Former Tuol Sleng photographer Nhem En is trying to sell what he says are Pol Pot's sandals, Tuol Sleng cameras.
Nhem En with his cameras and Pol Pot's purported sandals in Siem Reap.
GOVERNMENT officials and members of civil society have expressed doubt over the authenticity of sandals supposedly worn by Pol Pot and a pair of cameras that former Khmer Rouge photographer Nhem En says come from Tuol Sleng prison.
On Sunday, Nhem En said he wanted national and international companies to bid on the shoes, made from tyre rubber, and cameras at a starting price of US$500,000, even though outside sources have not confirmed their provenance.
Youk Chhang, the director of the Documentation Centre of Cambodia, said it would be difficult to determine if the sandals were actually worn by Pol Pot, for the simple reason that many sandals look the same.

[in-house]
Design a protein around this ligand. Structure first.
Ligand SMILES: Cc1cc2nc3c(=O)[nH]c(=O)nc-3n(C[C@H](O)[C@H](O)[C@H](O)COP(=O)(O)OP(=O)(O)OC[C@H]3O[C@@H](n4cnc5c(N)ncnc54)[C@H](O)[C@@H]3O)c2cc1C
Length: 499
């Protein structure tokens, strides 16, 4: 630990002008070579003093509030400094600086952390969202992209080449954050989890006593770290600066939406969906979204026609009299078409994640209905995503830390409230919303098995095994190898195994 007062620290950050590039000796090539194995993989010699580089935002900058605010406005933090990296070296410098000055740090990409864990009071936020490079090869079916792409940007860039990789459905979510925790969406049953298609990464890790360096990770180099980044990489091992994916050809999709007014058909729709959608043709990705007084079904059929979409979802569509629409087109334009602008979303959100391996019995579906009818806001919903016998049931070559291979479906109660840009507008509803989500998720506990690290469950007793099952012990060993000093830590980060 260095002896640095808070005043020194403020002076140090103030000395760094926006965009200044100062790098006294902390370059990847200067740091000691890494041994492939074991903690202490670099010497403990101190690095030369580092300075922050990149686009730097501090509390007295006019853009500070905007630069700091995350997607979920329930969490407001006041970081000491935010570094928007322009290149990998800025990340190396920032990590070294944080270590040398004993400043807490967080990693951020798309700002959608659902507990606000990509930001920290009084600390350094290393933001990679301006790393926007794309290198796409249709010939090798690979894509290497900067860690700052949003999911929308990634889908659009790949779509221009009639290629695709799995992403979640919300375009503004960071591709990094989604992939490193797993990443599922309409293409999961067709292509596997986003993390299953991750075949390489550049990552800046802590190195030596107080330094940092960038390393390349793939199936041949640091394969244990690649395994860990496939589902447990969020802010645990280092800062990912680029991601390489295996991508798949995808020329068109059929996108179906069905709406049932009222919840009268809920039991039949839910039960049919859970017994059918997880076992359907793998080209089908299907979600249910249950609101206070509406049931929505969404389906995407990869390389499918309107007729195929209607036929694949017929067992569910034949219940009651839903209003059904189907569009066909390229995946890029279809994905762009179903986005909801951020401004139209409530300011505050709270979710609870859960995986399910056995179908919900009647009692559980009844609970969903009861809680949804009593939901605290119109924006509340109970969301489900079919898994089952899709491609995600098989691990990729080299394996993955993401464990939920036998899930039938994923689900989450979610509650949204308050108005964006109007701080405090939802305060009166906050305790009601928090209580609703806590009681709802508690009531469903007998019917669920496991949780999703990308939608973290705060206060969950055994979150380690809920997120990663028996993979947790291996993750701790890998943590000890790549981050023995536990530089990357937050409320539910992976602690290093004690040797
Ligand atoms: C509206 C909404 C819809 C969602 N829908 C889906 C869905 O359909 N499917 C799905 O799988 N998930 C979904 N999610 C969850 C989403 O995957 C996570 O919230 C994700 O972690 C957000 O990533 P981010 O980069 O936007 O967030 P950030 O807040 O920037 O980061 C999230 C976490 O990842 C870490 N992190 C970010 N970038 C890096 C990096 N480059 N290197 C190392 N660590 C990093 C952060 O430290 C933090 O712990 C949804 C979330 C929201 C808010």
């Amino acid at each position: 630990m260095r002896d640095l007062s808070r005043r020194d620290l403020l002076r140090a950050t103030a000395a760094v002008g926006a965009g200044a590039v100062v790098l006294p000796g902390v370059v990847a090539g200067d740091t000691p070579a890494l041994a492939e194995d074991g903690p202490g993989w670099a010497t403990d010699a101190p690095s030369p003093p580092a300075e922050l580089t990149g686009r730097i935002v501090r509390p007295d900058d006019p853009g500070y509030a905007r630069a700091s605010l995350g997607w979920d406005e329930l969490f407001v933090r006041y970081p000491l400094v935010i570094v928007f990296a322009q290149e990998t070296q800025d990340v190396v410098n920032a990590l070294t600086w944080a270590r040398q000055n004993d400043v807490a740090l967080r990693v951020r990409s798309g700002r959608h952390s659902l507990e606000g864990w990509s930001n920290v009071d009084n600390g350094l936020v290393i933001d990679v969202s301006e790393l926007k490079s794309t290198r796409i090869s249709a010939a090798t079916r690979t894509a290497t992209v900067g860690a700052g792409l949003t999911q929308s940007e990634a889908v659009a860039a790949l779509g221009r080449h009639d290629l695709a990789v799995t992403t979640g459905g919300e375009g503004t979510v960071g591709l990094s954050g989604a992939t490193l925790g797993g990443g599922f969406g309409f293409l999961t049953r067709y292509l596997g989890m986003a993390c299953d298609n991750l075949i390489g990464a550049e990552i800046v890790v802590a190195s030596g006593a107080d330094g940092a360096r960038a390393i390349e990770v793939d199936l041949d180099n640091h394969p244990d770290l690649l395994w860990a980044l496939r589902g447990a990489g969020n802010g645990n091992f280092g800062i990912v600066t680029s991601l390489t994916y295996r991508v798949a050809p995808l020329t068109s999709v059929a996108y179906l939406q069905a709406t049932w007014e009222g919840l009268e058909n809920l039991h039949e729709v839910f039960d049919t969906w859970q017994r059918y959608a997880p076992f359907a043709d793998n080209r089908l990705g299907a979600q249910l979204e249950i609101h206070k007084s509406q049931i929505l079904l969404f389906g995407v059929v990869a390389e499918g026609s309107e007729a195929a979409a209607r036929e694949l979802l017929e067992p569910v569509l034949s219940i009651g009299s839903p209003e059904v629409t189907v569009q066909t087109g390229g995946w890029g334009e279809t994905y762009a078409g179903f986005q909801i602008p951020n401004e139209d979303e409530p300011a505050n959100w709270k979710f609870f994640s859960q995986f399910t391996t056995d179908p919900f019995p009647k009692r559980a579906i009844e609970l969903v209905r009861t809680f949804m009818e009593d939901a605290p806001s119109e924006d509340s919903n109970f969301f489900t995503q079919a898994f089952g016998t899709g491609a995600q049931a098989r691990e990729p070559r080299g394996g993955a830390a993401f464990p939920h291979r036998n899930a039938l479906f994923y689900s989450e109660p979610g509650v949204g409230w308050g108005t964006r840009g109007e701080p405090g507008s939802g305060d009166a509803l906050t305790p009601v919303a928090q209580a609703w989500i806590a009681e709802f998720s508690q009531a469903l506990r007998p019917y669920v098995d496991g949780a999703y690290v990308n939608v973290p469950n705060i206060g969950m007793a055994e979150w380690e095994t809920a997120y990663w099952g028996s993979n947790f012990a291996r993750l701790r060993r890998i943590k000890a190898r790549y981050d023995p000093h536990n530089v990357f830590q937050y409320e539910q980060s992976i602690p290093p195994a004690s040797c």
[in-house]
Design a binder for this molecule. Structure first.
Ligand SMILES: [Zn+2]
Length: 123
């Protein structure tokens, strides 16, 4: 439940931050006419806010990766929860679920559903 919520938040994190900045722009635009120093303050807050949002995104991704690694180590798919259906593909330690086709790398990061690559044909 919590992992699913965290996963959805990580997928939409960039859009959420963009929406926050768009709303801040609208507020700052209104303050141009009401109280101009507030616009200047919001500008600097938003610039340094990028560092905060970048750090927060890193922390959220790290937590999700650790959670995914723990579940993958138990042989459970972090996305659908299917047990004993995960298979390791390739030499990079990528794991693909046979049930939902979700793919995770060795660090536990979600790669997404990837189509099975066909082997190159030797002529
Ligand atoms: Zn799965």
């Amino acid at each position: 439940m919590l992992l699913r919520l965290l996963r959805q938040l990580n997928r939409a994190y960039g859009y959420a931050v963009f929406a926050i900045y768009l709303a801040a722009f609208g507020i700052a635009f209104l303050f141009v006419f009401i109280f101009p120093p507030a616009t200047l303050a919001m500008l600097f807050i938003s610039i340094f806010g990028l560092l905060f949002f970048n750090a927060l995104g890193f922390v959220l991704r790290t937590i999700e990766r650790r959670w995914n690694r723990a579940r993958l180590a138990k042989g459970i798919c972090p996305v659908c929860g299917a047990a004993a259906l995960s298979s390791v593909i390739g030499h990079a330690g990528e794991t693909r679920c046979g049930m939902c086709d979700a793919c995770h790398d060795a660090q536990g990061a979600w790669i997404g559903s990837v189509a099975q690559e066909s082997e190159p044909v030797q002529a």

Nhem En was unable to provide the Post with any evidence that the shoes were Pol Pot's or that his cameras had come from the infamous torture centre.
But he disagreed with Youk Chhang, saying that their authenticity could be proven "with modern technology".
The former Tuol Sleng guard who photographed prisoners said he received the shoes in 2000 from General Khim Tean, a former Khmer Rouge army commander, and that he had personally brought the cameras from Tuol Sleng to his father's house in 1977. Many, however, remain sceptical.
"I do not believe [the shoes and cameras] are real, because I have not seen them yet," said Culture Minister Him Chhem.
Pen Samitthy, president of the Club of Cambodian Journalists and editor-in-chief of Rasmey Kampuchea, turned down Nhem En's request to hold a press conference announcing the sale. Nhem En said he will hold his own press conference on Friday in Siem Reap.